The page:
The French named their new colony La Grenade, and the economy was initially based on sugar cane and indigo, worked by African slaves. The French established a capital known as Fort Royal (later St. George's). To shelter from hurricanes the French navy would often take refuge in the capital's natural harbour, as no nearby French islands had a natural harbour to compare with that of Fort Royal. The British captured Grenada during the Seven Years' War in 1762.
British colonial period
Early colonial period
Grenada was formally ceded to Britain by the Treaty of Paris in 1763. The French re-captured the island during the American Revolutionary War, after Comte d'Estaing won the bloody land and naval Battle of Grenada in July 1779. However the island was restored to Britain with the Treaty of Versailles in 1783. A decade later dissatisfaction with British rule led to a pro-French revolt in 1795–96 led by Julien Fédon, which was successfully defeated by the British.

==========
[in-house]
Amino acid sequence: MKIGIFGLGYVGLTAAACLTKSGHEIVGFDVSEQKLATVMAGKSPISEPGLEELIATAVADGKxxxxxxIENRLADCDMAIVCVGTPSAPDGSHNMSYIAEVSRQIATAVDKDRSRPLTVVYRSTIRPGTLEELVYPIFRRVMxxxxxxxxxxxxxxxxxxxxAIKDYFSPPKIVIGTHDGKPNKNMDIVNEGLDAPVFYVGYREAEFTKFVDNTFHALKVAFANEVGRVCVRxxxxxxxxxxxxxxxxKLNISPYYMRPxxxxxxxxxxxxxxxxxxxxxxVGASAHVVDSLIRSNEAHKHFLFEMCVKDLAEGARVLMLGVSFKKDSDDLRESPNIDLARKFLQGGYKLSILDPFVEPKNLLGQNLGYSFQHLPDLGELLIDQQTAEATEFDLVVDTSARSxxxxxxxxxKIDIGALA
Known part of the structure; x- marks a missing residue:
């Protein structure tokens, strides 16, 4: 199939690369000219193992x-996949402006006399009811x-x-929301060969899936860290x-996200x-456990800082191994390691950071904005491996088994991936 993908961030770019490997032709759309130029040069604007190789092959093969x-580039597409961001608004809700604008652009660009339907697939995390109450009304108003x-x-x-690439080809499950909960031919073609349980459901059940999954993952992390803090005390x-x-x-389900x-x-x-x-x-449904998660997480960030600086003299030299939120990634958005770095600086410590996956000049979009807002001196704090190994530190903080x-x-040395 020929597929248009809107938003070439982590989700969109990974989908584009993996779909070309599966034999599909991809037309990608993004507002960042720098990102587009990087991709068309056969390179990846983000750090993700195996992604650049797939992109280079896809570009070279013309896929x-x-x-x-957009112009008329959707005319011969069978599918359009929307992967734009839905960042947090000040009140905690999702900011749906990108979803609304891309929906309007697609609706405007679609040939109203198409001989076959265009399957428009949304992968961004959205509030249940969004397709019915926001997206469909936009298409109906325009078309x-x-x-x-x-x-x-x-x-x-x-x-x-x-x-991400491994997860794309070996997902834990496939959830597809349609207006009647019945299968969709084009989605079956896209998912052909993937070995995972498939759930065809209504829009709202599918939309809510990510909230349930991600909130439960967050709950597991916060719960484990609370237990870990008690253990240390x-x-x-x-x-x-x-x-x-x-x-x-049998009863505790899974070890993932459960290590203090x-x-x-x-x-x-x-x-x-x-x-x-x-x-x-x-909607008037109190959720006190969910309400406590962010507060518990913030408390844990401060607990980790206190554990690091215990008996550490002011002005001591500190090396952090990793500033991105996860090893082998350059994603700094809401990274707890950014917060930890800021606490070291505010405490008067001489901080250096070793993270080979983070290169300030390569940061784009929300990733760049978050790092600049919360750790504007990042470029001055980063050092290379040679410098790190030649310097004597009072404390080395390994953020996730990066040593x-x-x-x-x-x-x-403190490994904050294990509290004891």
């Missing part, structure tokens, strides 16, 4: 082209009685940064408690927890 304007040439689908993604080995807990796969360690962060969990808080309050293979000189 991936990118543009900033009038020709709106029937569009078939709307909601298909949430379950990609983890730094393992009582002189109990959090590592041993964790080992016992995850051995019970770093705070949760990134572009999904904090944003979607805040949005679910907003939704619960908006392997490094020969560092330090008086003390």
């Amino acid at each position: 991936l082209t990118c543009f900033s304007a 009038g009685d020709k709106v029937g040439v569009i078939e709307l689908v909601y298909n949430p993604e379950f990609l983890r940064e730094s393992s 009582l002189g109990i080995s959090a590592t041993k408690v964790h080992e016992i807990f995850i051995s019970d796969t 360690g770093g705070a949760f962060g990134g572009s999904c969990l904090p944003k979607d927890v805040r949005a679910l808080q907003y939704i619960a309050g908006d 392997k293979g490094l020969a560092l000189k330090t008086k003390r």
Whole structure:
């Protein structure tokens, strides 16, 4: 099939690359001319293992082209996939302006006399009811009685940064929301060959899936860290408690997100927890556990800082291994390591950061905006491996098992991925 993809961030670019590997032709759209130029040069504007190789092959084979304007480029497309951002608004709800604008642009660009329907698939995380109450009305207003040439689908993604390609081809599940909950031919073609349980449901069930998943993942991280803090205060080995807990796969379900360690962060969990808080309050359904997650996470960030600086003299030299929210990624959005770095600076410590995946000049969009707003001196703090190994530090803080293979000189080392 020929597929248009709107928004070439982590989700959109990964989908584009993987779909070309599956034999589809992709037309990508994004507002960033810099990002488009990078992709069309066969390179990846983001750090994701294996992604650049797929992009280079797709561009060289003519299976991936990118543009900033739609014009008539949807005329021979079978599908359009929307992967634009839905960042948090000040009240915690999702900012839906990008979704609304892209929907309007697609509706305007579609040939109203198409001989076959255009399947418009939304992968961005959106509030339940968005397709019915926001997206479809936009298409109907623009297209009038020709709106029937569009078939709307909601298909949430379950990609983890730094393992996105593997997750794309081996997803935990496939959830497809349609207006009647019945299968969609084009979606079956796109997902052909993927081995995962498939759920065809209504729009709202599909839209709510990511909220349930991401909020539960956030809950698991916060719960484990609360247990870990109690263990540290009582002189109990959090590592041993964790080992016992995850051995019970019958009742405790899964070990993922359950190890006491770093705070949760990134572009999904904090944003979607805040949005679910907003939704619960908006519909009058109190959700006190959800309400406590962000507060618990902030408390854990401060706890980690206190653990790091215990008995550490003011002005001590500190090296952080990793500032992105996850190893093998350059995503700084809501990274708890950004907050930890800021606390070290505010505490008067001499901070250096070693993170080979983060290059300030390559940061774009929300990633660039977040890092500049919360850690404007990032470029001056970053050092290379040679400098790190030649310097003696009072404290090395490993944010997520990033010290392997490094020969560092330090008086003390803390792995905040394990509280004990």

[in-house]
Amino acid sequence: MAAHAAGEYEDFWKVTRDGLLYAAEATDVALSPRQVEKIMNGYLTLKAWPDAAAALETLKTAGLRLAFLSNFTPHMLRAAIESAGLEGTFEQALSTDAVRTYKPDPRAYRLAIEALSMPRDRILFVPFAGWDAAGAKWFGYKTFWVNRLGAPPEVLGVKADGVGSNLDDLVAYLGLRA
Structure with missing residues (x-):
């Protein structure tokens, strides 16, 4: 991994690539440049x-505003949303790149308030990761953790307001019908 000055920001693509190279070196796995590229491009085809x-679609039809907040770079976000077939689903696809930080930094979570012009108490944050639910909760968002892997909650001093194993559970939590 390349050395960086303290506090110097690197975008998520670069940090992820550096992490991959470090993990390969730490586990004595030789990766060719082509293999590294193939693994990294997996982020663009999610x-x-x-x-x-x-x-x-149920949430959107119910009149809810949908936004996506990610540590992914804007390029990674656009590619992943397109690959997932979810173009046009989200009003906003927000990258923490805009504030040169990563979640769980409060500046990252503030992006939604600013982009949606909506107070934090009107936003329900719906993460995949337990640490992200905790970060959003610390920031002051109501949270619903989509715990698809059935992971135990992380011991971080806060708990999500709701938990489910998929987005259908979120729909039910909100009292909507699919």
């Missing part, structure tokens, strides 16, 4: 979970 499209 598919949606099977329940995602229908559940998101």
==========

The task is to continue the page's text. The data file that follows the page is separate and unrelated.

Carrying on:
As Grenada's economy grew, more and more African slaves were forcibly transported to the island. Britain eventually outlawed the slave trade within the British Empire in 1807, and slavery was completely outlawed in 1833, leading to the emancipation of all enslaved by 1838. In an effort to ameliorate the subsequent labour shortage, migrants from India were brought to Grenada in 1857.
Nutmeg was introduced to Grenada in 1843 when a merchant ship called in on its way to England from the East Indies. The ship had a small quantity of nutmeg trees on board which they left in Grenada, and this was the beginning of Grenada's nutmeg industry that now supplies nearly 40% of the world's annual crop.
Our cottages were a dream in June 2001, when we found this very special spot. Today we are your hosts at our intimate, eco-friendly holiday resort. Located on the north-Western tip of Grenada, the restaurant and three cottage buildings with a total of five individual units are situated on a hillside overlooking the sea, with spectacular views to the southern Grenadines and the north of Grenada.